· Decision analysis. The whole point of effective altruism is to address important decisions in a formal manner, taking into account our values (i.e., our utility function), our time and risk preferences, and uncertainty (represented by probability distributions, most of them subjective). Effective altruists should consider how this “ideal” prescriptive model is affected by biases. Bonus points for understanding how Monte Carlo simulation and discretization work. Decision analysis courses are uncommon, especially at the undergraduate level, but you can find much of the material here: https://online-learning.tudelft.nl/courses/effective-decision-making-dealing-with-business-complexity/. If you want to study the matter in depth, there is an excellent free textbook at https://smartorg.com/wp-content/uploads/2011/08/Decision-Analysis-for-the-Professional.pdf. Decision analysis is tremendously useful in everyday life, whether you are an altruist or a misanthropist.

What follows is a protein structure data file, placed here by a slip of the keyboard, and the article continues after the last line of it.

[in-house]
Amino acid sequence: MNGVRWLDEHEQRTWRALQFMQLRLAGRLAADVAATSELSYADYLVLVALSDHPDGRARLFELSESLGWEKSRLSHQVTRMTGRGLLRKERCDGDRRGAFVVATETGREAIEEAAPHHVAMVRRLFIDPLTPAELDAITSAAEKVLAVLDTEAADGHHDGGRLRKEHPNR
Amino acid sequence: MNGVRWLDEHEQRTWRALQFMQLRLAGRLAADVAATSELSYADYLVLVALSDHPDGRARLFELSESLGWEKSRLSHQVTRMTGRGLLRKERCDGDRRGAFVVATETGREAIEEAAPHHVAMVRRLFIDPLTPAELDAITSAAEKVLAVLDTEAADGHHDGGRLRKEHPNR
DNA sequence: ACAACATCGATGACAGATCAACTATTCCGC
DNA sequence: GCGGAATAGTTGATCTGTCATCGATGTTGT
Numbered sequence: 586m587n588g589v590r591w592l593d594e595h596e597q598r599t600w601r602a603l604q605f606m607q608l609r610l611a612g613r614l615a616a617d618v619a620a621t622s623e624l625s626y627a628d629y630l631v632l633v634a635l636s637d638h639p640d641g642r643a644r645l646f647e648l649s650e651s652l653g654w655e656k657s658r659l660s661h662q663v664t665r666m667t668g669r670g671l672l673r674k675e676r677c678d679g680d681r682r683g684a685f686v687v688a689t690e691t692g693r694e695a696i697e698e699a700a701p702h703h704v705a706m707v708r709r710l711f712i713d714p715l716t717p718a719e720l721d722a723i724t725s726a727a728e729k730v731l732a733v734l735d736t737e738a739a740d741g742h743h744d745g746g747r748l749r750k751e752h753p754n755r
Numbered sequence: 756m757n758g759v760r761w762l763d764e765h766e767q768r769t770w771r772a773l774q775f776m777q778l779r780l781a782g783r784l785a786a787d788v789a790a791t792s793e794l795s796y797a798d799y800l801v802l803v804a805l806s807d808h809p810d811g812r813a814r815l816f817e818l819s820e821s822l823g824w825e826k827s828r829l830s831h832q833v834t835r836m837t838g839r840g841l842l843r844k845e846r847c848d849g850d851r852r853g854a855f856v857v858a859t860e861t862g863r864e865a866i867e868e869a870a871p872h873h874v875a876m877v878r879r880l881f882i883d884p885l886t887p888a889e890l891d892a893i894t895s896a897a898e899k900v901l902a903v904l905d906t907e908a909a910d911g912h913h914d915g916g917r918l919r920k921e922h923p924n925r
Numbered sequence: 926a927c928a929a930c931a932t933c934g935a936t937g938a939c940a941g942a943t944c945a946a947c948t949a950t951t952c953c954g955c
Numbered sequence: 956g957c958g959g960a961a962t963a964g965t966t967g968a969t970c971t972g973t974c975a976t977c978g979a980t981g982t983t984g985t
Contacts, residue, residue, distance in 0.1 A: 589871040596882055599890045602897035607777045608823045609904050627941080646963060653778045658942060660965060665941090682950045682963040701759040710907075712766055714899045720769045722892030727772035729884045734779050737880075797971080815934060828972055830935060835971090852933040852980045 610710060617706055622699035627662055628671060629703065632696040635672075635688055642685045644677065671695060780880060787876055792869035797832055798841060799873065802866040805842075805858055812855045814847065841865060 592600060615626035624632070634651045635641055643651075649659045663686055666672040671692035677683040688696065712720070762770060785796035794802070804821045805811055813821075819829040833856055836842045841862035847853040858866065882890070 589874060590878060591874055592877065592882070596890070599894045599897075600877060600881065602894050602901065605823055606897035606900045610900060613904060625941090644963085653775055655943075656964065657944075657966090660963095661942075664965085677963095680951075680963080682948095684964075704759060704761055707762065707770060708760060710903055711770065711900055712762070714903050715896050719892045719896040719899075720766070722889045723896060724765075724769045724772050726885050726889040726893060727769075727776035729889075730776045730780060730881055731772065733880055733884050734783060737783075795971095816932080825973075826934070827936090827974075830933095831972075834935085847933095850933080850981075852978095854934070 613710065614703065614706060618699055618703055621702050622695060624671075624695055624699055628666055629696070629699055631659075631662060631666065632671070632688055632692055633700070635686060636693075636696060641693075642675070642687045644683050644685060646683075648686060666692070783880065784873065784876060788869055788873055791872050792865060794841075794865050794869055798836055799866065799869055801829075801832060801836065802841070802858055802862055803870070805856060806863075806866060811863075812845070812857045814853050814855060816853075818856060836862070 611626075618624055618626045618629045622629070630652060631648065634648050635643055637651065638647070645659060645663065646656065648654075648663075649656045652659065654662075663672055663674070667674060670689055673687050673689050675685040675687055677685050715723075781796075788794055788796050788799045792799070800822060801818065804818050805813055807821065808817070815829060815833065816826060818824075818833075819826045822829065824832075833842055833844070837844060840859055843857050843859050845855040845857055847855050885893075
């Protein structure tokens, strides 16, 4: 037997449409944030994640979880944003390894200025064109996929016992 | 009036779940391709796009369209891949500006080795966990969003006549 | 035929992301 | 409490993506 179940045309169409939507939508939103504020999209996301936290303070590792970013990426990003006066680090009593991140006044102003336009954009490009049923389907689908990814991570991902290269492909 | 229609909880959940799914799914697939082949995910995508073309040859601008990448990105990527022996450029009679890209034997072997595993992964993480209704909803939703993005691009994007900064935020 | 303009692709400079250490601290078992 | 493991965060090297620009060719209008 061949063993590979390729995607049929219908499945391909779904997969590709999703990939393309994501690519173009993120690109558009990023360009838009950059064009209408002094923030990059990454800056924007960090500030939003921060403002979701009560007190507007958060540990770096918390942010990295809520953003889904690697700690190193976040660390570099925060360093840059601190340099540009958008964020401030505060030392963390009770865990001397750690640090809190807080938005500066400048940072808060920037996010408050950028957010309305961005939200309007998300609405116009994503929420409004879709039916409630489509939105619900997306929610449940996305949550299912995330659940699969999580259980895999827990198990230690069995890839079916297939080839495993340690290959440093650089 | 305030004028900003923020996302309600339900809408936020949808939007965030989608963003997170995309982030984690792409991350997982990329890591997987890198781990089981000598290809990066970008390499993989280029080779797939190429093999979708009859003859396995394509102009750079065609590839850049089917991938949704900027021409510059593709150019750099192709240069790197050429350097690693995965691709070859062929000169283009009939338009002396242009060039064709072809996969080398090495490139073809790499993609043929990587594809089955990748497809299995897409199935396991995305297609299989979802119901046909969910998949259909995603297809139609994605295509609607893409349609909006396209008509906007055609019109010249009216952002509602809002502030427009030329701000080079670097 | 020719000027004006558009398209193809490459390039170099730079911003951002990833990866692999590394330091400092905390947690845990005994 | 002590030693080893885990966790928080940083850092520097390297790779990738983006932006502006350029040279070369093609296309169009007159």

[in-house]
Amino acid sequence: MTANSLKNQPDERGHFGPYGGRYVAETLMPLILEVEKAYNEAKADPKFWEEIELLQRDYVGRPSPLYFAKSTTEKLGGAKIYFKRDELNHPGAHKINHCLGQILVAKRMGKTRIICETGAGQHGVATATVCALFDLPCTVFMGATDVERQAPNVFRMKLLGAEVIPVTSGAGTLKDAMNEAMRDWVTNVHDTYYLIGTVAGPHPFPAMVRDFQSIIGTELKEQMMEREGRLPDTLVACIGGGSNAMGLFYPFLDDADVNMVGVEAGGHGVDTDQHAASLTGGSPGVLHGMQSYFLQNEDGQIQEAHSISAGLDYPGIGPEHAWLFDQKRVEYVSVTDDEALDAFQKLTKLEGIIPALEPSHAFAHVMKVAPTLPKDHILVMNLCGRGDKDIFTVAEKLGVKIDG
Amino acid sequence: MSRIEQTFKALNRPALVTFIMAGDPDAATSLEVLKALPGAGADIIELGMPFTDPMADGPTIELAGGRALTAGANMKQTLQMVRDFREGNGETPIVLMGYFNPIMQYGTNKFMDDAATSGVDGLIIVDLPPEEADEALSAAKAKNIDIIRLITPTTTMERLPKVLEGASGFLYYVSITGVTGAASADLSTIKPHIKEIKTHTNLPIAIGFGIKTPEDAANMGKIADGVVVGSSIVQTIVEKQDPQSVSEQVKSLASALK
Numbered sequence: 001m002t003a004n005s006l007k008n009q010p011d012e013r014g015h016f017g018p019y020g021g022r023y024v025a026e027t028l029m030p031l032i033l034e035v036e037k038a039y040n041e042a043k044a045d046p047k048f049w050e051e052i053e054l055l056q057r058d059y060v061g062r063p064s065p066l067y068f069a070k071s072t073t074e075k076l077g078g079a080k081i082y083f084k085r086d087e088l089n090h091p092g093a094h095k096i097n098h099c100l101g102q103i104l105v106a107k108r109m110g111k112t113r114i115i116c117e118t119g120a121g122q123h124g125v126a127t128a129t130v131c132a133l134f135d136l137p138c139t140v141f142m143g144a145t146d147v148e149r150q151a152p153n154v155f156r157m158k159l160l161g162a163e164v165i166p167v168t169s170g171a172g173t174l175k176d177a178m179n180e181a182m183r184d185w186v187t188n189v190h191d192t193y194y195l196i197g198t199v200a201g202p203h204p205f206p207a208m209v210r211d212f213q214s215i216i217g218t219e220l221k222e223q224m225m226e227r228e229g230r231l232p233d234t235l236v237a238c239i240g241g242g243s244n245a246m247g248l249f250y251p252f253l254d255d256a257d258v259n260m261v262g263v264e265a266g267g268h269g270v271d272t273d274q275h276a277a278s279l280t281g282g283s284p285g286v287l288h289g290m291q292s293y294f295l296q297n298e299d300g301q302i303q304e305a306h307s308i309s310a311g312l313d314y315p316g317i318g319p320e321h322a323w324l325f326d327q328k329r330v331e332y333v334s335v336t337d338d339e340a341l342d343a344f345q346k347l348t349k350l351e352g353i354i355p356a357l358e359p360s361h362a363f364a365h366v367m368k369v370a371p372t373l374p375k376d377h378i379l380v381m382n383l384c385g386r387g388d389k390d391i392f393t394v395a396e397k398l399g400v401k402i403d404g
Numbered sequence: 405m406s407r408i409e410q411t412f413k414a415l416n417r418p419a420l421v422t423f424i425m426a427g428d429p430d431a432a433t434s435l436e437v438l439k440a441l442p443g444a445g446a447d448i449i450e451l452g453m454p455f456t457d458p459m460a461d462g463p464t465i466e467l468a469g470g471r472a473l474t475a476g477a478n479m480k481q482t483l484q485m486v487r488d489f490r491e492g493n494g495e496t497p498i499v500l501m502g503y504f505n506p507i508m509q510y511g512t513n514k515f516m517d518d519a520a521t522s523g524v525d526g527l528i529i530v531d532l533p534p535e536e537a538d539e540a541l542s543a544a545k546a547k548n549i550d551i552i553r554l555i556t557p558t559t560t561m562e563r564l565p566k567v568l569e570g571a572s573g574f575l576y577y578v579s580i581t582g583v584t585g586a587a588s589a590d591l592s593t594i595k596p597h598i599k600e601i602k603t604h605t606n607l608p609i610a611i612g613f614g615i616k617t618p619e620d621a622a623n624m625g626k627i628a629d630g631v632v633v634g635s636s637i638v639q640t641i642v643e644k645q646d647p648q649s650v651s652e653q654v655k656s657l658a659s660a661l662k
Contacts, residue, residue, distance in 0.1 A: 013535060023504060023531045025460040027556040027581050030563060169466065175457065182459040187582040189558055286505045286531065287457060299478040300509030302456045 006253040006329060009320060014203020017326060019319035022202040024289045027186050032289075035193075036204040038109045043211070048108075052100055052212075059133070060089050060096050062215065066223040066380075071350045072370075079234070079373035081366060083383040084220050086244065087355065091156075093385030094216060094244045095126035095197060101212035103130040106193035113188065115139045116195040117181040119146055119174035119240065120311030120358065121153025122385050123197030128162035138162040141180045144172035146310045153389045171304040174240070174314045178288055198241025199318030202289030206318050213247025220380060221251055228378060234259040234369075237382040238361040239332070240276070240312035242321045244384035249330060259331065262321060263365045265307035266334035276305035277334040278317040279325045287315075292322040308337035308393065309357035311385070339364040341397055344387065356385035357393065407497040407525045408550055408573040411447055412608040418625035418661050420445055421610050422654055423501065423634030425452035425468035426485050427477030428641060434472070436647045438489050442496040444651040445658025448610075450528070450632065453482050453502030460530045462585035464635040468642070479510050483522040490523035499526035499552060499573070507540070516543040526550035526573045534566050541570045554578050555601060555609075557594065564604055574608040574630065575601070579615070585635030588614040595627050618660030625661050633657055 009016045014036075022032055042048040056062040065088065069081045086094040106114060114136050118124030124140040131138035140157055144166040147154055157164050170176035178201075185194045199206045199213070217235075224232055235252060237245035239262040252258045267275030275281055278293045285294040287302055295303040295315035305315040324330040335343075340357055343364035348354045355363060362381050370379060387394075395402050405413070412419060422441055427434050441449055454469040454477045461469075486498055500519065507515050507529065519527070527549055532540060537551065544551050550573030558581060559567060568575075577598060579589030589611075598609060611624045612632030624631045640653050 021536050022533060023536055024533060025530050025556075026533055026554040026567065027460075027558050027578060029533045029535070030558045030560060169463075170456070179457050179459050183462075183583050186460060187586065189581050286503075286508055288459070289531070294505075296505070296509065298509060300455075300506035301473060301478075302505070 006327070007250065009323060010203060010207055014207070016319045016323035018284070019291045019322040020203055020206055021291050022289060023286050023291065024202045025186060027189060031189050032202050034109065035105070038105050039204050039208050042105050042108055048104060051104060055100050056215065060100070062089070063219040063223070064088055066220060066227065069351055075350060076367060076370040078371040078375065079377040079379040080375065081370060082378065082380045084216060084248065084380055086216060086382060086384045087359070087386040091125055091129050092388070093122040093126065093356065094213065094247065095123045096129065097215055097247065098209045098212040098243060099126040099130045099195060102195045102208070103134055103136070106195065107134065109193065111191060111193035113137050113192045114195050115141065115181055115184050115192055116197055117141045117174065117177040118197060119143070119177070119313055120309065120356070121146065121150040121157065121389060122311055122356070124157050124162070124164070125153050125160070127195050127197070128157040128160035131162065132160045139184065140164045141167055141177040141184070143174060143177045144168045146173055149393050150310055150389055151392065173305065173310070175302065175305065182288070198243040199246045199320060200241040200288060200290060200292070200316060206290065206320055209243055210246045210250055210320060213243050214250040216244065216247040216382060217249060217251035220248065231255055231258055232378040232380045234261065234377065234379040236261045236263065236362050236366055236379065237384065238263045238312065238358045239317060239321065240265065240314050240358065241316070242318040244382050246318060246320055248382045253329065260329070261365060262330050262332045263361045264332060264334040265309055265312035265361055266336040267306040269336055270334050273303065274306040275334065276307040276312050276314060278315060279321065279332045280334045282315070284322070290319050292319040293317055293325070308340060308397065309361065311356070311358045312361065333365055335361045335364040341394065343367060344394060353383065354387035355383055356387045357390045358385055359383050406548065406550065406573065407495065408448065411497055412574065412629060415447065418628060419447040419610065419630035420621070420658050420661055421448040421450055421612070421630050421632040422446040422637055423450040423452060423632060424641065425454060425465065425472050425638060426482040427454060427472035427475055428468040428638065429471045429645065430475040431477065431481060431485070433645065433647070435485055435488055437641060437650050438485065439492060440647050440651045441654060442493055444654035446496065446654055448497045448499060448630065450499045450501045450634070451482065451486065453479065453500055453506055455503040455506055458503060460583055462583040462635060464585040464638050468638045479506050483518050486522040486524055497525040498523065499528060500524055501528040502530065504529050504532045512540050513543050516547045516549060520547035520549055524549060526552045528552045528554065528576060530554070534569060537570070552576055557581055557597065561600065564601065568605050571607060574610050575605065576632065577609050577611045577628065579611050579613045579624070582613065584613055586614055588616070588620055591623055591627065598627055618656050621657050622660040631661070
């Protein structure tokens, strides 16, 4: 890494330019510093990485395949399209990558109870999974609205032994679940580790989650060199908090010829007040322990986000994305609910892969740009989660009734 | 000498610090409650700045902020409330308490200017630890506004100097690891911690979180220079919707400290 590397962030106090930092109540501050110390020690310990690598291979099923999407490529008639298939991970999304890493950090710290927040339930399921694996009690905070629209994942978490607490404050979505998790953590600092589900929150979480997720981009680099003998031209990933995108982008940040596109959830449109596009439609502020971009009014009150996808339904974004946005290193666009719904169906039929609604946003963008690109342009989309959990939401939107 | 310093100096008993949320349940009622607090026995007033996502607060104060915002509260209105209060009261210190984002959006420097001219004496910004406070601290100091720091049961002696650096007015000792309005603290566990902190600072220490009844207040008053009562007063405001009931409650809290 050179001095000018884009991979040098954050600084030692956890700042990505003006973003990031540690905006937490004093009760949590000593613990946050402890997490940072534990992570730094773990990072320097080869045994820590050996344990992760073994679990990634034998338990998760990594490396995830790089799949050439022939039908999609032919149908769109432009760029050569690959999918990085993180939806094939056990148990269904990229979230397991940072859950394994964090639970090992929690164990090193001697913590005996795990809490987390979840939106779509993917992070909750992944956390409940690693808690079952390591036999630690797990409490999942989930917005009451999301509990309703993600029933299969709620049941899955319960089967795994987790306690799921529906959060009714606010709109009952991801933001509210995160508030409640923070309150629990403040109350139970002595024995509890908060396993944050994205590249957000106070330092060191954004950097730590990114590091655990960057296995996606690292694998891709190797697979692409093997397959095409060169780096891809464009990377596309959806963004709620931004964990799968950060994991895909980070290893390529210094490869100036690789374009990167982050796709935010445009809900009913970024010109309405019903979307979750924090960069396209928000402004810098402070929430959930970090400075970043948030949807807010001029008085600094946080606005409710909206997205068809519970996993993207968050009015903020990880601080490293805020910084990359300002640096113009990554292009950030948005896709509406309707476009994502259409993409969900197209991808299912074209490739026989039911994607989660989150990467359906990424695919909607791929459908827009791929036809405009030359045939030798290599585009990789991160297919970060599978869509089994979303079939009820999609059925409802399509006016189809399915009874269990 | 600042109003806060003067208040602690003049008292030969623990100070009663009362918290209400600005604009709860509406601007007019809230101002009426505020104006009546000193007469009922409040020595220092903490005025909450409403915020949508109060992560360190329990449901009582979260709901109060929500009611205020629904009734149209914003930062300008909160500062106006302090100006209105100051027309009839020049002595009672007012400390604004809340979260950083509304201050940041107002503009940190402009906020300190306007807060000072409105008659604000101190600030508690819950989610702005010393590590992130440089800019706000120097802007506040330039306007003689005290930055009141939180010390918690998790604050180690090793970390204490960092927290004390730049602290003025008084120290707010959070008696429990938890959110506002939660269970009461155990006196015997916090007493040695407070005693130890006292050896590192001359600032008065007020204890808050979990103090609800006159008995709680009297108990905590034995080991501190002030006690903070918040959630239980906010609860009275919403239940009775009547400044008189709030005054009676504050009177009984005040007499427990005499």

· Big history. Bill Gates strongly endorsed the teaching of big history, and I concur. Big history studies the history of our Universe, from the Big Bang to date, searching for universal patterns and trends. It provides much needed “situational awareness” for effective altruists. It is interesting, eye-opening, and free at https://www.coursera.org/learn/big-history.


· Game theory. Best known for its use in economics, game theory underlies concepts as relevant to effective altruists as the tragedy of the commons. You can do worse than the introductory course at https://www.coursera.org/learn/game-theory-1. For the serious reader, a comprehensive but accessible free textbook is available at http://faculty.econ.ucdavis.edu/faculty/bonanno/PDF/GT_book.pdf.